The findings, reported in the Journal of Neuroscience, have implications for any situation in which accurate recall of an event is critical, such as witnessing an accident or crime.

"In this study we have shown that a brief period of rehearsal has a huge effect on our ability to remember complex, lifelike events over periods of one-two weeks," said lead researcher Chris Bird from University of Sussex in Britain.

The study showed that the brain region known as the posterior cingulate -- an area whose damage is often seen in those with Alzheimer's -- plays a crucial role in creating permanent memories.

This region not only helps us to recall the episodic details of an event but also integrates the memory into our knowledge and understanding, which makes it resistant to forgetting.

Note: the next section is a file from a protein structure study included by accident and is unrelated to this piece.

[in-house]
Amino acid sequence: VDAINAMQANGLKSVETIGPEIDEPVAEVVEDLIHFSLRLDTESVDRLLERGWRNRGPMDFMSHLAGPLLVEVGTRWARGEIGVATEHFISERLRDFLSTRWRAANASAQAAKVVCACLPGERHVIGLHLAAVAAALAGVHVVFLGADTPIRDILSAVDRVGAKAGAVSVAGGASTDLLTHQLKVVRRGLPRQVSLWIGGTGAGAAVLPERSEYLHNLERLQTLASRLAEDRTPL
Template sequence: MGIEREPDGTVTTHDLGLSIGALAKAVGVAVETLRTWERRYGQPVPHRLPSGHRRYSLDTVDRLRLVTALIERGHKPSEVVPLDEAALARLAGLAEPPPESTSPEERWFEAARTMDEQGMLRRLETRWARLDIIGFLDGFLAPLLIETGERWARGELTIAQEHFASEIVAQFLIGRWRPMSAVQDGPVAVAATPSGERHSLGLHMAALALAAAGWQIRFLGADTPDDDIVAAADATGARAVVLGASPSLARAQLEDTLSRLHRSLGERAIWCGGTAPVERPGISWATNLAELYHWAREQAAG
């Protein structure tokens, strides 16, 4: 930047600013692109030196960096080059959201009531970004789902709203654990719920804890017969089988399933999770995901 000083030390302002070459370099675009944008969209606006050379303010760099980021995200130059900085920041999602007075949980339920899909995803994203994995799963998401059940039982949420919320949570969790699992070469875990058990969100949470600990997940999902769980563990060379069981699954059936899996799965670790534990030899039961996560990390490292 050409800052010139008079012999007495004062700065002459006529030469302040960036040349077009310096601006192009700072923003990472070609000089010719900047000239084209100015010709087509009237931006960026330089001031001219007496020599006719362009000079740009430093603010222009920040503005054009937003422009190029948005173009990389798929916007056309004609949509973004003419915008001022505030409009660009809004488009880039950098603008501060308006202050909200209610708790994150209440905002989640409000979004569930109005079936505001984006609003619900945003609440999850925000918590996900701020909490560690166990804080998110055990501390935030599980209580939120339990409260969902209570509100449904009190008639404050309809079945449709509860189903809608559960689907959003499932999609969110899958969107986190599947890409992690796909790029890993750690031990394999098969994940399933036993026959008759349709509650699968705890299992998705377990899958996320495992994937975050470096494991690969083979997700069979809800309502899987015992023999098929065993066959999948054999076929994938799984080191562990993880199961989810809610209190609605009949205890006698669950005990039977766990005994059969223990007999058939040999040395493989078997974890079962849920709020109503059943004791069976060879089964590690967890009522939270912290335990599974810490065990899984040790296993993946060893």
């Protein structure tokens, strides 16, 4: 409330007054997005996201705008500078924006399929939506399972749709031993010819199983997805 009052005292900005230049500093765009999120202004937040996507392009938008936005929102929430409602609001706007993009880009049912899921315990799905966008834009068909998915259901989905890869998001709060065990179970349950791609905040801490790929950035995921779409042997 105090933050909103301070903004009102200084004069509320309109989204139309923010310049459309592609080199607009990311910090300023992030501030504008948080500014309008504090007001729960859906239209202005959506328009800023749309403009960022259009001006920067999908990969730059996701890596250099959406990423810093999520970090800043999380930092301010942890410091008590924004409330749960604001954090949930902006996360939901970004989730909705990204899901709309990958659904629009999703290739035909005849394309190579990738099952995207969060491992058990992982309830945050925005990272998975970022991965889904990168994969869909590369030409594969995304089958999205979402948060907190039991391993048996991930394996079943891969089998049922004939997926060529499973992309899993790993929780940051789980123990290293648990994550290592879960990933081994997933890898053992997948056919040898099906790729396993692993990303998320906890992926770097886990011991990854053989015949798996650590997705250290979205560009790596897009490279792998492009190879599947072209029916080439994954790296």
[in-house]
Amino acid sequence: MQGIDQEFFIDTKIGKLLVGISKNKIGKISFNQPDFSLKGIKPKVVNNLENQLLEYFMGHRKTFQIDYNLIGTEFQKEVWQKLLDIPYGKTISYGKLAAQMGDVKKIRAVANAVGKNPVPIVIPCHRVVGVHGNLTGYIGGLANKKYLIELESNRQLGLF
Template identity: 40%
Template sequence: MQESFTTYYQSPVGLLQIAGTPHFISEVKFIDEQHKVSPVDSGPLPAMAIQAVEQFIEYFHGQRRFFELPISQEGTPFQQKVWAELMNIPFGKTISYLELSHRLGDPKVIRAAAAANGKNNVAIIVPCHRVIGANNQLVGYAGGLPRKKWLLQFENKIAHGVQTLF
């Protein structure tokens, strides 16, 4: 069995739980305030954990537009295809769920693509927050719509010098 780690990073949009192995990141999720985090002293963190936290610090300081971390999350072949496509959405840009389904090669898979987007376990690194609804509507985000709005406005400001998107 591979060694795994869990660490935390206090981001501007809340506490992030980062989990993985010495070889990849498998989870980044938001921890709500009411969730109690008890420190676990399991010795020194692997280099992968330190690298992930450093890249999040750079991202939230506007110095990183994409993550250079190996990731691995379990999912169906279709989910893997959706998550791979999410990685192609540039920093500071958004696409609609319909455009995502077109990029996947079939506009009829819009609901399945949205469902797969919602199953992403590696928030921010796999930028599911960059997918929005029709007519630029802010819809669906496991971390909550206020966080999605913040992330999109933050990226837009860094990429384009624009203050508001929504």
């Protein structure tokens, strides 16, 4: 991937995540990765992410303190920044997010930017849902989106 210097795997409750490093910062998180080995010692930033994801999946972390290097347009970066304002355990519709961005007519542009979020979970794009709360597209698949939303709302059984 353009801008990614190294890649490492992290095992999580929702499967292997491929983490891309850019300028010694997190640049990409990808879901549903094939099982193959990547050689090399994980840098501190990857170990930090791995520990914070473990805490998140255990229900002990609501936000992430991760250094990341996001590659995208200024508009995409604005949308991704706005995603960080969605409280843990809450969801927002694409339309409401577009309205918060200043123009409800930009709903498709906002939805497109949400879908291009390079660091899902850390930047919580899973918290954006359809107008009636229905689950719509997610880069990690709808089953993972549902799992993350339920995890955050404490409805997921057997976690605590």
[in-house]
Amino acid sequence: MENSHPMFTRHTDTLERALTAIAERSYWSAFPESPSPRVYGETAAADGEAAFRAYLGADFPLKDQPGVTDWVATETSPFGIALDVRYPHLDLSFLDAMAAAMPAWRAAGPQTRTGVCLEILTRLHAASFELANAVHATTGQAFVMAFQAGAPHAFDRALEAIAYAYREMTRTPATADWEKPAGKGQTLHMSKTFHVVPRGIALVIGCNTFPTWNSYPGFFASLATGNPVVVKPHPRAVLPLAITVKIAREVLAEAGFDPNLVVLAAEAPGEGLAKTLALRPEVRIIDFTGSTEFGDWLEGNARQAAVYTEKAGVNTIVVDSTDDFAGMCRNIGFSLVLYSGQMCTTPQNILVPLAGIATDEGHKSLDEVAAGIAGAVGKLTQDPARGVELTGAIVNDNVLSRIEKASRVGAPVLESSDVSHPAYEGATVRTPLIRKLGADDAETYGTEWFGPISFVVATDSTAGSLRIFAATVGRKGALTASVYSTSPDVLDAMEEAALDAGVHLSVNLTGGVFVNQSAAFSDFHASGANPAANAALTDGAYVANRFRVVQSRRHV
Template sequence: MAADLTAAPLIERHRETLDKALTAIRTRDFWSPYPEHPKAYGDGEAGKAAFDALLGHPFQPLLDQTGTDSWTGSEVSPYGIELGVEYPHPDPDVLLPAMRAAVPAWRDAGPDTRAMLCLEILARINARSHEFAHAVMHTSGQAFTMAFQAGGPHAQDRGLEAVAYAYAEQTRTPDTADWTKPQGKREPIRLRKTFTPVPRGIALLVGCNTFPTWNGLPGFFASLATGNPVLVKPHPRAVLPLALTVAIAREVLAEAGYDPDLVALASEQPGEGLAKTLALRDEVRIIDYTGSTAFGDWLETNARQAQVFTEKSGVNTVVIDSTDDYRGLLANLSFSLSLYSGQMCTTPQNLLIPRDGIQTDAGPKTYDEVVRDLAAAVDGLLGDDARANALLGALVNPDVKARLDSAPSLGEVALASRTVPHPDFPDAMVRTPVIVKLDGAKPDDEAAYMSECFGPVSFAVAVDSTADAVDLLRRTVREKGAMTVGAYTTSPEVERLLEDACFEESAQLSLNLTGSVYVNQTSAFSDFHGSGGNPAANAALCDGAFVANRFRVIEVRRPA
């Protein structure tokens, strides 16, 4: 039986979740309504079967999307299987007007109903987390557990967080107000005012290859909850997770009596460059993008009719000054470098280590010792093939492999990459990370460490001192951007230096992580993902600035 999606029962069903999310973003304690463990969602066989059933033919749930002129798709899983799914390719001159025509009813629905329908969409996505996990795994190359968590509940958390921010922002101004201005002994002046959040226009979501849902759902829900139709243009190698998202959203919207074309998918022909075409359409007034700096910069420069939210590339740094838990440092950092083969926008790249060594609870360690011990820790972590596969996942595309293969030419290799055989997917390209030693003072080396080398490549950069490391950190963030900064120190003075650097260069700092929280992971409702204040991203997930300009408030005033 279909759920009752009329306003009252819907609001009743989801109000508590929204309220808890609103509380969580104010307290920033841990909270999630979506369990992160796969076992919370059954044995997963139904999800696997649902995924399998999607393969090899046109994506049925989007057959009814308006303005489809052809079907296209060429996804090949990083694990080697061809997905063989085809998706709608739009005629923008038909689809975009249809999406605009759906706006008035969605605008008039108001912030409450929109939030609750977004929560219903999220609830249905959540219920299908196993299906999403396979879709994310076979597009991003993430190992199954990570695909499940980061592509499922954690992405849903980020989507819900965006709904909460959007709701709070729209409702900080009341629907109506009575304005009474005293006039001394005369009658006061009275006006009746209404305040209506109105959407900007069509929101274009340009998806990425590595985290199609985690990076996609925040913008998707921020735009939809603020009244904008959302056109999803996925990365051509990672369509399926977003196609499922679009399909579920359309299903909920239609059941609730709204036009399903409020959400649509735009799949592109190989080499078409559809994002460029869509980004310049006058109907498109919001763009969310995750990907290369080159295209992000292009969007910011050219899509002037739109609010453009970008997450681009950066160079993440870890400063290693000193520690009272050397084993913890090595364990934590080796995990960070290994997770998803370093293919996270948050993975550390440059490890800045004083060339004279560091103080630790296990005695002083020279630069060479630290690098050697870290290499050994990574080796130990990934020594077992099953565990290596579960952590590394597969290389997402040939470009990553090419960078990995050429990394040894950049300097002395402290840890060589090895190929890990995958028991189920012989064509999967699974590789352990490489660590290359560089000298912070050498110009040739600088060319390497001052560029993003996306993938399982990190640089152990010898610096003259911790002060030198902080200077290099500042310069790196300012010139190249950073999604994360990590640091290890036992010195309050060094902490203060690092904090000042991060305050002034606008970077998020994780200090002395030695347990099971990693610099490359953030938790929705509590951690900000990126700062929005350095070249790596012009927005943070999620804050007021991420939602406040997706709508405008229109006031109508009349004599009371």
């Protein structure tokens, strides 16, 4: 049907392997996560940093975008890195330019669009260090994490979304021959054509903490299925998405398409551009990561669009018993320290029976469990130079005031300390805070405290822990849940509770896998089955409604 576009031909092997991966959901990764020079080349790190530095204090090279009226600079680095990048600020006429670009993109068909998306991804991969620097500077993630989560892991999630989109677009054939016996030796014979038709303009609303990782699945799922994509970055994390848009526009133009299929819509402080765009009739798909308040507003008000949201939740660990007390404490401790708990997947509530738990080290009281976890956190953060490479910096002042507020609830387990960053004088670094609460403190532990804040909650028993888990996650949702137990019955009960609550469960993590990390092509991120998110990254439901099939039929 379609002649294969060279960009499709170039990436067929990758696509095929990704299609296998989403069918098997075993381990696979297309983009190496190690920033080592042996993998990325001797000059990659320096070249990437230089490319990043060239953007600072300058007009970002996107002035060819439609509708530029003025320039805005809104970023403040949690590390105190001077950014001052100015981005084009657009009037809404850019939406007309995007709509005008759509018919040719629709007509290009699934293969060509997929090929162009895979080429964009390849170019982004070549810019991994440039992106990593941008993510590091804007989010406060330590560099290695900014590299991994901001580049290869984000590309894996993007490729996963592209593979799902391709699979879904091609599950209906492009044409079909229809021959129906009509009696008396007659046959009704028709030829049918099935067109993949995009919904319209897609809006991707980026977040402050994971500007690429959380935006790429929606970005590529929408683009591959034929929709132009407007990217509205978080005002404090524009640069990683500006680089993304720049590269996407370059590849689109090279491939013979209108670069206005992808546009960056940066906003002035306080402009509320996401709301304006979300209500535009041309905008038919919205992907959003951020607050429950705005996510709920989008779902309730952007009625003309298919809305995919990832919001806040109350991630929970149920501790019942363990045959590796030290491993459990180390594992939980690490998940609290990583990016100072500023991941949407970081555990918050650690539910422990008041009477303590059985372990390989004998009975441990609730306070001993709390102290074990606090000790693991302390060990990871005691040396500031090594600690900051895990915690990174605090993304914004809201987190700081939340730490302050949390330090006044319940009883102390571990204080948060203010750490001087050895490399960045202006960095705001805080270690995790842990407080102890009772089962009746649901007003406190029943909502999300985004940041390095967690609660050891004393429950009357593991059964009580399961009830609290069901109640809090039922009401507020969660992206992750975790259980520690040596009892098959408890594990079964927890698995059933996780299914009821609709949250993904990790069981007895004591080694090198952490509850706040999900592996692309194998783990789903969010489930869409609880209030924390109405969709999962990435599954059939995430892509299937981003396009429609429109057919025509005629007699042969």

The study involved showing participants 26 short videos of clips taken from YouTube of around 40 seconds in length with a narrative element. For example, one called 'nasty neighbours' depicted two men playing practical jokes on each other.

For 20 of the videos, the participants were given around 40 seconds after each video to relate either in their heads or speak out loud details of the video.

For the remaining six videos, this rehearsal period was not given.Up to two weeks later, participants were still able to recall many details of the videos they had rehearsed, whereas the non-rehearsed videos were largely forgotten.



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